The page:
Part 11: Rocks – lots of them. And most of them red.

While we were back in Toronto, slogging away at our jobs and dreamily planning our mystical road trip of the Americas, Utah kept popping up again and again as a spectacular travel destination. The national parks there are some of the craziest, most surreal places in the world. And with our belated arrival in the bustling tourist town of Moab, we finally found ourselves in the thick of it.

Staying at Riverside Oasis RV Park at the northern end of town, we were well positioned to explore our first destination – Arches National Park. As the name suggests, this park has the largest concentration of natural stone arches in the world, and it didn’t disappoint.

Arches

Making the slow ascent into the park (and only pissing a few people off in the process), we topped the rise and found ourselves on a huge plateau with giant stone monoliths and hoodoos stretching away into the distance. We eased into “park life” with a 2 mile walk along Park Avenue, which entertained the eyes with huge balancing rocks, giant hoodoos, and tall rock plinths.

Arches National Park Arches National Park Arches National Park - Park Avenue

Next, we cruised on over to The Windows section of the park, stopping along the way to gawk at the La Sal Mountains, Courthouse Towers, Balancing Rock, and the “Petrified” Dunes. The windows are essentially large holes in rock formations, on their way to growing up and becoming full-blown arches. As you might imagine, there were plenty of these around, interspersed with some very impressive arches, including a super cool Double Arch.

Arches National Park - the Windows Arches National Park - the Windows Arches National Park - the Windows Arches National Park - the Windows Arches National Park - the Windows Arches National Park - the Windows Arches National Park - the WindowsIMG_3704IMG_3708

“Enough of the rocks already!” you cry. Hopefully not out loud, because that would earn you some seriously strange looks and/or get you fired from work or thrown out of Starbucks for being a weirdo. Sadly, I cannot comply, and have about ten million more photos of rocks in various formations before I’m done. Surely the title gave it away?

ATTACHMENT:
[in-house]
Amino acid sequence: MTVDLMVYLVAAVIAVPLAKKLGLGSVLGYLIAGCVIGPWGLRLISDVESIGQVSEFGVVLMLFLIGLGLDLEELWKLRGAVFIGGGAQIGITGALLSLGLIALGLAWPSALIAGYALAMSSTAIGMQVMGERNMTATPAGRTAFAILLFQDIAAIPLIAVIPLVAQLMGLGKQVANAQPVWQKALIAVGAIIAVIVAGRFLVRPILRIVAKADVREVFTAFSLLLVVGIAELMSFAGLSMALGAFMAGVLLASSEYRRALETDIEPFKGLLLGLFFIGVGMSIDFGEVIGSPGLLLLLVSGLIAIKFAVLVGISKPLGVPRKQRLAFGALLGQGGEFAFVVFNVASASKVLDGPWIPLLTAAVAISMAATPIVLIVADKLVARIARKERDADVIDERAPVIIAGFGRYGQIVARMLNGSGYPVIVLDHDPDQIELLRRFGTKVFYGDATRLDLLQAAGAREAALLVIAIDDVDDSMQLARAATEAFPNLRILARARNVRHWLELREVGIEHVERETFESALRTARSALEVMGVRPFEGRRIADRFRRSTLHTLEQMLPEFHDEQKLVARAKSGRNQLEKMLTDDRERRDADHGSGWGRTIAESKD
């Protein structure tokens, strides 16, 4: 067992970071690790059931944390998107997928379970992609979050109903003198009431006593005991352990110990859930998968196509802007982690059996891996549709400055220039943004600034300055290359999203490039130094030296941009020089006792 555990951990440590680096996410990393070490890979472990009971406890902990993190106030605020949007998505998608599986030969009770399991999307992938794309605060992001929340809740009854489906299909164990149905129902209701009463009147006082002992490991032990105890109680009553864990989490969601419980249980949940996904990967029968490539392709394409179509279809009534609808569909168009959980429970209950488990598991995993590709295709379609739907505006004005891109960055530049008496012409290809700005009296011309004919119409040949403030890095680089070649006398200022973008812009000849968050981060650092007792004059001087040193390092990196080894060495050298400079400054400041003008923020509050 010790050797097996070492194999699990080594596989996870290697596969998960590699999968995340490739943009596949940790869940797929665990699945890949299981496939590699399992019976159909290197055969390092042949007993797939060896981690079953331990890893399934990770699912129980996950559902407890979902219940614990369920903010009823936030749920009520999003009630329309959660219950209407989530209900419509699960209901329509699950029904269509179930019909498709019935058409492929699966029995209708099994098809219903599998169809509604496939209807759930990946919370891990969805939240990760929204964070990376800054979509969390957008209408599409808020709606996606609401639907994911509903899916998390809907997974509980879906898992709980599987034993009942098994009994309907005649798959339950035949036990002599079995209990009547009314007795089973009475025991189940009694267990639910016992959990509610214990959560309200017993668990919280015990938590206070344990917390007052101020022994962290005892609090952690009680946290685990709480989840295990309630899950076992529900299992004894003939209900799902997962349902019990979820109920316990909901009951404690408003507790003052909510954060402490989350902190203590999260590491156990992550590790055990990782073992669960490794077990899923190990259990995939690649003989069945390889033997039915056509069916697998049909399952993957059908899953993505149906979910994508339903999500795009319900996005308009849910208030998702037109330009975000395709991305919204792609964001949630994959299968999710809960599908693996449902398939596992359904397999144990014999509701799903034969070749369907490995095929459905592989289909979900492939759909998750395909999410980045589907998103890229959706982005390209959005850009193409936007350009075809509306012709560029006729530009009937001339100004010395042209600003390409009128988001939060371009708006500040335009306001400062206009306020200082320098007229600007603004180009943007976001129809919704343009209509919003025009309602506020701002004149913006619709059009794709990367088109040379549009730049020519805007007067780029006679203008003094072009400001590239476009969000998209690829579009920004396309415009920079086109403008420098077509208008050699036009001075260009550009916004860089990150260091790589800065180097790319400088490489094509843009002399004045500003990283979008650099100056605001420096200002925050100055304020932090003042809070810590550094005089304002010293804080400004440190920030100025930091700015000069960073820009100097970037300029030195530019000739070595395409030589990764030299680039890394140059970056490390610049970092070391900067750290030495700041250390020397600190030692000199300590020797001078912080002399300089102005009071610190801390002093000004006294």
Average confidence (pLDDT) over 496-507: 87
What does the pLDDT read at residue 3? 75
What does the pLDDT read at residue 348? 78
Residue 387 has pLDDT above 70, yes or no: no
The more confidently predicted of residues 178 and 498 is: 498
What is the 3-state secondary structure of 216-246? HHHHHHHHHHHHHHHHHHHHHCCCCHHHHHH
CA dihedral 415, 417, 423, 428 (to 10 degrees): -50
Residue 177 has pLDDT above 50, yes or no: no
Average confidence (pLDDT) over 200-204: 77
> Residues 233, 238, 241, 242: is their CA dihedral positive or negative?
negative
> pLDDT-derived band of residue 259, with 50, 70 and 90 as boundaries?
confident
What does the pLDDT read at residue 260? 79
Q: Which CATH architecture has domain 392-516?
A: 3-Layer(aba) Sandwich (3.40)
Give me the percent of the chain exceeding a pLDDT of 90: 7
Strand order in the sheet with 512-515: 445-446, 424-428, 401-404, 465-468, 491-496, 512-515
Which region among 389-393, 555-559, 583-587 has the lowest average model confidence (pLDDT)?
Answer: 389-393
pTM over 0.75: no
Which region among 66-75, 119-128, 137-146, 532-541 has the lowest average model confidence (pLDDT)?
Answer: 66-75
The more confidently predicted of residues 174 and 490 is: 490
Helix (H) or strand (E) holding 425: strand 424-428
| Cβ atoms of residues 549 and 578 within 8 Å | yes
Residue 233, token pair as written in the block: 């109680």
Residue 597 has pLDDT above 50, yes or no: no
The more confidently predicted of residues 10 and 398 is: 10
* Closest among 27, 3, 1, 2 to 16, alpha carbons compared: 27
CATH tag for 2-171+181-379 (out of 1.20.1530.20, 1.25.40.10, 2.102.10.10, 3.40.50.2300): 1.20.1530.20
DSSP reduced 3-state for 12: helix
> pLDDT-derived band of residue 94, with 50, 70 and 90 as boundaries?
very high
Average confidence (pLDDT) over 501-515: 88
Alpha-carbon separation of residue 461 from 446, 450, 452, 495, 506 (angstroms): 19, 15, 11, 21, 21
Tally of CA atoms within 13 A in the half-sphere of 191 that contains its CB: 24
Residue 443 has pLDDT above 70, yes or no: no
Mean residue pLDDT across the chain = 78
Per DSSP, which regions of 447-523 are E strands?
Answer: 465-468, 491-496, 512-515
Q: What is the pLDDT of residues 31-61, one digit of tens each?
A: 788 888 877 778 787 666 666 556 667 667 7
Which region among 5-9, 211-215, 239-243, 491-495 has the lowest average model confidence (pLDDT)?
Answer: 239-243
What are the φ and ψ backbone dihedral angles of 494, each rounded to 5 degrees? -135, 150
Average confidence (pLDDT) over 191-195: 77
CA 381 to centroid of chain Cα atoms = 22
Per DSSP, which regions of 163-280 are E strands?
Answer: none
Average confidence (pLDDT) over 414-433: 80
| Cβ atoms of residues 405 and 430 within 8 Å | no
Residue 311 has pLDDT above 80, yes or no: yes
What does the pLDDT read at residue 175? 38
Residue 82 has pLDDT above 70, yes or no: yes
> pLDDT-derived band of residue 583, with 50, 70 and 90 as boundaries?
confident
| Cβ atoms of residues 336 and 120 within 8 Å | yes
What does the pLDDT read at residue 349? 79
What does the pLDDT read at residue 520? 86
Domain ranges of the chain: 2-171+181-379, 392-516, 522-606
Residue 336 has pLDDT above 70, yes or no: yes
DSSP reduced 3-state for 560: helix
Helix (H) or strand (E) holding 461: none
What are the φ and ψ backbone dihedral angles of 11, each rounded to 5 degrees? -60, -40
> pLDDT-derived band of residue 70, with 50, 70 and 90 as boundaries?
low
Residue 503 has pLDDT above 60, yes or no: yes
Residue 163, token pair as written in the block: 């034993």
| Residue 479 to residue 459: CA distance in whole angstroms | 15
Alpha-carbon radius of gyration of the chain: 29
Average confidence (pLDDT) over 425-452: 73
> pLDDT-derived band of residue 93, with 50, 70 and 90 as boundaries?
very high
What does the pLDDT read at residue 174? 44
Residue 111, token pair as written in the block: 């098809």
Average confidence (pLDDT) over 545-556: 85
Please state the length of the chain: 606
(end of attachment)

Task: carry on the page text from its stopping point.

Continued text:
Anyways, our next dance with the rock devil was at the world famous Delicate Arch – basically Utah’s mascot. We parked up, were informed that the walk was a somewhat challenging one, that there was no shade and that we needed to bring a pack mule fully loaded with water in order to keep from shriveling into raisins on the way up. The warnings were not without merit, and as we strolled past hundreds of wilted looking people we began to regret not bringing more agua. Especially Liivi, who was beginning to pant alarmingly and look less than impressed with the whole rock situation. After ascending a particularly large mountain of rock, I managed to find a threadbare shrub which provided a semi-shaded staging point from which to recoup. After this, it was an enjoyable walk along a ledge cut directly into a large cliff and then we were at the arch itself.

The walk to Delicate Arch049

Delicate Arch is world famous for good reason, and we were suitably impressed not just by the arch but also by the setting surrounding it – panoramic views in all directions and an adjacent huge rock bowl (a “slick”?) which amplified the gravity defiance of the arch. We let our eyes feast for as long as the heat would allow, then trundled back towards the distant RV via a series of cool bighorn sheep petroglyphs.

Delicate Arch Delicate Arch IMG_3718 IMG_3716Petroglyphs

Jumping back into the RV, well on our way to becoming a pair of sundried tomatoes, we couldn’t decide whether to carry on up the park to check out Devils Garden and Fiery Furnace, or call it a day. Upon turning the ignition and discovering to our horror that the starter had once again stuck, our decision was made for us. We would go no further.

Luckily, we were able to remove the battery terminals and the starter stopped trying to crank. The problem was that every time I re-connected the terminals, the darn thing kept trying to crank but not start. We proceeded to hit a range of possible offenders, including the starter, solenoid, and relay, then slammed the doors a few times and changed gears once or twice and…voila! Problem solved. It started up and we drove like hell, unwilling to stop anywhere else lest the darn thing break down again.